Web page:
Christian Initiation for Adults (R.C.I.A.) as a model for the catechetical journey,
adult catechesis, Catechesis of the Good Shepherd, family catechesis, intercultural
catechesis, small Christian communities and youth and young adult catechesis.
6354. RCIA for Pastoral Ministers. The Rite of Christian Initiation of Adults with its particular approach to the baptismal
catechumenate has been called “the source of inspiration for all catechesis”. Critical
analysis of the theology inherent in the ritual text that drives this “process of
formation and true school of faith” through each of the four catechumenal stages.
Exposure to the history of the rite, practical aspects of the catechesis that precedes
and follows the ritual experiences, liturgical theology and liturgical catechesis
inherent in the rite. Special attention given to Part II: Rites for Particular Circumstances,
especially for children of catechetical age and application of inspirational principles
of the catechumenate to pastoral practice.
6342. Healthcare Ethics. Contemporary developments in biology and medicine confront society with new and ever-complicating
moral problems, which sometimes challenge Christians’ basic sense of the meaning of
life. The principles and norms of Catholic moral theology that are relevant to the
questions and issues faced in healthcare today.
6353. Documents of Vatican II. The Second Vatican Council was called by Pope John XXIII to preserve and promote
the church’s heritage in a pastorally effective way in order to meet the demands of
the day. Study of the Council, the four constitutions and their implementation. Survey
of the Concilliar decrees and declarations and develop an understanding of their impact
on the role of the laity.
6355. Contemporary Parish. The theology, structures, leadership and ministries of today’s parish. We will look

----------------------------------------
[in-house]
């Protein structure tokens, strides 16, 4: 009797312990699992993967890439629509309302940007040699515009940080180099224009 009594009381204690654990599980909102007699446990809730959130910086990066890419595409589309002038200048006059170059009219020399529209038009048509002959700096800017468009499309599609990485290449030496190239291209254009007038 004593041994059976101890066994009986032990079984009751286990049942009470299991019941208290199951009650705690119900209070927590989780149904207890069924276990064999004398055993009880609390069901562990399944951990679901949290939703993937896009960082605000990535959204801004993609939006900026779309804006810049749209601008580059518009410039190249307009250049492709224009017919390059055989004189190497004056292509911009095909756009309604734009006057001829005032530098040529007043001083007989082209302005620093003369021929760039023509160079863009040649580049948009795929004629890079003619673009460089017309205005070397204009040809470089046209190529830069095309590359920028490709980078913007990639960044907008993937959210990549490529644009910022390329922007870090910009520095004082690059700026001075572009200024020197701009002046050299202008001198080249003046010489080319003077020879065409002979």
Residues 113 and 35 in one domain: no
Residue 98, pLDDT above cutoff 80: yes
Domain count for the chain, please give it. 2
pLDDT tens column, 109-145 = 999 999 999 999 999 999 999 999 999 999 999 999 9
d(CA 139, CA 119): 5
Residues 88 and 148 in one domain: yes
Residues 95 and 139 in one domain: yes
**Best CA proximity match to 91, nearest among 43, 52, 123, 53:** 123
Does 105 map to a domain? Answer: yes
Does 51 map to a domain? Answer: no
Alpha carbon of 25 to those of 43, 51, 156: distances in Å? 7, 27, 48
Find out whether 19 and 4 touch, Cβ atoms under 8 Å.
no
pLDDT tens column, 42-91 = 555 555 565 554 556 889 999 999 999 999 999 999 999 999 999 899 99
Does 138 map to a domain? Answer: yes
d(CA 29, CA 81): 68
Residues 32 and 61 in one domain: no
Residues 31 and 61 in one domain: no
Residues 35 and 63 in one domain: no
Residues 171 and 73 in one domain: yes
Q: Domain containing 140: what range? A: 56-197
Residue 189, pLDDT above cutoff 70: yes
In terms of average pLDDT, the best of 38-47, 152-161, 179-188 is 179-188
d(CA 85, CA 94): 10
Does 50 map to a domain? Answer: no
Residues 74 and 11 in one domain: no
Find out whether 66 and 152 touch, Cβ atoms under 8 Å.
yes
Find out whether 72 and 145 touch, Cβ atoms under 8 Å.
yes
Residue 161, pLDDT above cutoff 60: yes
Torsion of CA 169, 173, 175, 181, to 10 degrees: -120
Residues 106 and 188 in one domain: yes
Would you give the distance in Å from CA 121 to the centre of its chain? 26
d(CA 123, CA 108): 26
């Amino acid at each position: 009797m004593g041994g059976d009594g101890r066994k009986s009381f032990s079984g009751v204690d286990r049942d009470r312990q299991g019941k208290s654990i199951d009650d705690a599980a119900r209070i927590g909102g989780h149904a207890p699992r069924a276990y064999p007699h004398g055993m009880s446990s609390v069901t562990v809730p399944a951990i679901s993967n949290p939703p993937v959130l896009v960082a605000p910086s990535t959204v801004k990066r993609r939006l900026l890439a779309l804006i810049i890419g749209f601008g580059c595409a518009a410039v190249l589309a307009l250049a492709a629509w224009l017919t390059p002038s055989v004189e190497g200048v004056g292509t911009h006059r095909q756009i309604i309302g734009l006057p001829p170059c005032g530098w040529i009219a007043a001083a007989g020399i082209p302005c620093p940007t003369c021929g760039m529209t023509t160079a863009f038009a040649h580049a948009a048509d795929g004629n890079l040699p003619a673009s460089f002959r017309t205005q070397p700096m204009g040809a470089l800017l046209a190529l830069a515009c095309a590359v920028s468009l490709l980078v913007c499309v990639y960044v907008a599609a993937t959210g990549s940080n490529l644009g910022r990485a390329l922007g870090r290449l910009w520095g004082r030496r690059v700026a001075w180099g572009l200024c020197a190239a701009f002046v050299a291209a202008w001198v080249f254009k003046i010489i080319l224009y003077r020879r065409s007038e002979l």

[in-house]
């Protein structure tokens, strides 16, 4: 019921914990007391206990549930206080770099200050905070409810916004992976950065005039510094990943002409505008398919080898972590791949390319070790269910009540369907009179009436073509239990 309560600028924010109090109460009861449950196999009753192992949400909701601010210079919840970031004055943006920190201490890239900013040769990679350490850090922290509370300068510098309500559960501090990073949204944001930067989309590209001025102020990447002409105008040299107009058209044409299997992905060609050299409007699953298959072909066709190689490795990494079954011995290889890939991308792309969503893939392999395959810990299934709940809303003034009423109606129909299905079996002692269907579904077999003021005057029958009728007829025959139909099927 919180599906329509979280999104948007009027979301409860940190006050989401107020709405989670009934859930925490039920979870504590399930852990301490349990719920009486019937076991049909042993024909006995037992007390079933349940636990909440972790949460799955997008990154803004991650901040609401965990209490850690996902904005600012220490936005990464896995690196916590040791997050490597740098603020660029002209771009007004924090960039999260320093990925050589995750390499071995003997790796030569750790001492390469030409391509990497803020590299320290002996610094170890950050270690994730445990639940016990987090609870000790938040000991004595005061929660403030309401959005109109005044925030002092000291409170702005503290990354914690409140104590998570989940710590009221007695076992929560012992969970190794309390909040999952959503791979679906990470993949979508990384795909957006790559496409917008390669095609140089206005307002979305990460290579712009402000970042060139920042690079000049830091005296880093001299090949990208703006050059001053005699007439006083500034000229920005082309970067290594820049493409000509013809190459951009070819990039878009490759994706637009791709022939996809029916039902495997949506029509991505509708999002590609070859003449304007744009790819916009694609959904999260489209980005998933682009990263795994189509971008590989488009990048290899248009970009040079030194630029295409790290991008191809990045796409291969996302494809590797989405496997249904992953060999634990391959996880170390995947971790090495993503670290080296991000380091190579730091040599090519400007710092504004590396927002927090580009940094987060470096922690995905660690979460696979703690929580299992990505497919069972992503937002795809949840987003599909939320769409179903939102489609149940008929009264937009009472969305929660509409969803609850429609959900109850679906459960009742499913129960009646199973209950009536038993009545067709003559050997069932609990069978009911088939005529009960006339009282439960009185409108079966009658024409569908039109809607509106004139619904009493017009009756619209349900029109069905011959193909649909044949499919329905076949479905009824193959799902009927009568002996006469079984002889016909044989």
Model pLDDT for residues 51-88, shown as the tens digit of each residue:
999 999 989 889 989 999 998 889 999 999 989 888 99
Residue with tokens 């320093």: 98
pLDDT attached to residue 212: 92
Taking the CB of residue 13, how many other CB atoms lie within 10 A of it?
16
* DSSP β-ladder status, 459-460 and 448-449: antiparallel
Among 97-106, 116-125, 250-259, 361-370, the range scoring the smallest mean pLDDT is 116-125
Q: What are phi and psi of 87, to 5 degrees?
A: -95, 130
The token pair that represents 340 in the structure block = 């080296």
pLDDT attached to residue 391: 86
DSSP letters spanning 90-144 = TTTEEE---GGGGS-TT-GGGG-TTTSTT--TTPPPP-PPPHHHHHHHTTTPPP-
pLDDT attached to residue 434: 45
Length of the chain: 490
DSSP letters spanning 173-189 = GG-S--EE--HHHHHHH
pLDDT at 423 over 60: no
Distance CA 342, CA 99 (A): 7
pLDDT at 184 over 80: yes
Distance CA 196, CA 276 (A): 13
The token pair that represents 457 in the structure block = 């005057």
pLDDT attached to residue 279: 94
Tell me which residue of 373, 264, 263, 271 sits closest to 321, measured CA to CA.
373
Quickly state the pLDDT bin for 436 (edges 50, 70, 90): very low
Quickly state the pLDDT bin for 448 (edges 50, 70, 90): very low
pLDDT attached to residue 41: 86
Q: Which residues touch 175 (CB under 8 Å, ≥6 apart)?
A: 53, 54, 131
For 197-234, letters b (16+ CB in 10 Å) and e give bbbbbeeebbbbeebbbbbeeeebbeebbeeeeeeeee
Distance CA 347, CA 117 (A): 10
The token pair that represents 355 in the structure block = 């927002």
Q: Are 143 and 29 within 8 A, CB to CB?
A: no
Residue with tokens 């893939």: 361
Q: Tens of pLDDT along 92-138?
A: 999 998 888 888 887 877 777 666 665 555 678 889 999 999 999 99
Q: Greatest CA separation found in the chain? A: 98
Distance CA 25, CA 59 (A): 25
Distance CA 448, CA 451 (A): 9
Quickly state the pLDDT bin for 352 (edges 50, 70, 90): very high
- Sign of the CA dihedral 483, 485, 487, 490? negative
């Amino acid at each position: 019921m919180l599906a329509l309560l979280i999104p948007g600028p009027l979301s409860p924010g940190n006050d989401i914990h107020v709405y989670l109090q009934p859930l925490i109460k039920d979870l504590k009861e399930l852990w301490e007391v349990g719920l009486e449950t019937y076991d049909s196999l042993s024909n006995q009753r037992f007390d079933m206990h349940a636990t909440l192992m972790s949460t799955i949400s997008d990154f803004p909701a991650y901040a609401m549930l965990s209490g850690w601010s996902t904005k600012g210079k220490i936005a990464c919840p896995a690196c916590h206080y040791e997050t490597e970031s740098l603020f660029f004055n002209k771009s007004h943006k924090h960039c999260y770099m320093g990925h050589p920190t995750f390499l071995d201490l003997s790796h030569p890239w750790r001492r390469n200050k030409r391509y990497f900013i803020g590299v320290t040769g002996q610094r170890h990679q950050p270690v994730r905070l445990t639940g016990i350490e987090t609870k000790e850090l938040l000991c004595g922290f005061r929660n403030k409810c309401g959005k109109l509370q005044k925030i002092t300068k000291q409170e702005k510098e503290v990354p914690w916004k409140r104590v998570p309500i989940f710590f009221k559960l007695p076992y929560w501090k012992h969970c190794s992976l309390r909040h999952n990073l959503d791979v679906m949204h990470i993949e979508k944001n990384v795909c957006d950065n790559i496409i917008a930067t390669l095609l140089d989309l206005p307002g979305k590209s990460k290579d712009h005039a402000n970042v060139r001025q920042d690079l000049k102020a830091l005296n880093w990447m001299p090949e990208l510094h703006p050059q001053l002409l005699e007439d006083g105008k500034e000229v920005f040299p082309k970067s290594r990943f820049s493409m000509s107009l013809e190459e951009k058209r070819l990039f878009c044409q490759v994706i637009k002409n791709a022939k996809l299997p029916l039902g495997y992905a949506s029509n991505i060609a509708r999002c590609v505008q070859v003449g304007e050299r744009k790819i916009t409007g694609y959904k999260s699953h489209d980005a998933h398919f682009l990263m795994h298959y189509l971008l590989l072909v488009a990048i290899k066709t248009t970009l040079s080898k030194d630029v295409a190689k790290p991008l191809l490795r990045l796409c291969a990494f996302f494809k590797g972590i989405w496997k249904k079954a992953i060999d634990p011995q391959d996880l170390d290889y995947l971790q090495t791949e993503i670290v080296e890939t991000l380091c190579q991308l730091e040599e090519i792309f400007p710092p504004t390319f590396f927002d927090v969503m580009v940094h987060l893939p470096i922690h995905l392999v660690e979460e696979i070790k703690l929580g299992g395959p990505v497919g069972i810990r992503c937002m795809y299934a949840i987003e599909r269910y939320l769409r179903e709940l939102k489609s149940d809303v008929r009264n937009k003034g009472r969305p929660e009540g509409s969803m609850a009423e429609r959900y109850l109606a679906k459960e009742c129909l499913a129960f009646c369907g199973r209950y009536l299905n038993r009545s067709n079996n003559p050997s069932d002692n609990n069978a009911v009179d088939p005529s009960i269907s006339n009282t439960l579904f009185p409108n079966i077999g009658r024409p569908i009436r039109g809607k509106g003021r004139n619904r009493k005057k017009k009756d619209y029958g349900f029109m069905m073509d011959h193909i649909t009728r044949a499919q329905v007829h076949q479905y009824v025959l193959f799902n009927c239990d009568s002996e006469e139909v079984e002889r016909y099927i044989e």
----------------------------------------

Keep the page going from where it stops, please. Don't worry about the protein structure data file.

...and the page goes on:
at contemporary parish models, their emerging trends, demographic changes; the theory
and practice of pastoral leadership, the person of the pastoral leader and parish
ministries. Grounded in an understanding of ecclesiology. Seminar format developing
an understanding and theology of parish and what is needed to sustain parish life
in the 21st century.
6357. History of Spirituality. Spirituality marks the inner life of the church. Throughout history spiritualities
have developed in reaction to, or in support of, the outer life of the church. Survey
course exploring traditional Catholic spiritualities, their main movements, personalities
and contemporary expression in our spiritual lives today.
6V50-6V51. Special Topics. Courses offered on an occasional basis allow students and faculty to pursue special
interests in areas of ministry and theology that are not offered regularly. The Dean
determines the selection of topics in consultation with faculty and students.
6V91. Directed Readings. As a course arranged between instructors and students, this tutorial allows students
to undertake an in-depth reading program on a topic of particular interest. It requires
a detailed proposal by students that is approved, in writing, by the instructor and
Study in Rome
The Neuhoff School of Ministry occasionally offers students the opportunity to earn
graduate credit at the university on the beautiful Rome campus. The campus is located
in the Alban hills twelve miles southeast of Rome in a locale called Due Santi, where
tradition holds that Saints Peter and Paul stopped along the Appian Way. Courses are
offered on an ad hoc basis and are open to new and current Neuhoff School of Ministry
students, visiting graduate students, or anyone wishing to audit the course. About
40% of class time is spent on guided learning-tours in and around the city of Rome.
During the evenings and on weekends, the students may experience Rome and the surrounding
area on their own. Learn more about the Neuhoff School of Ministry's Rome Program.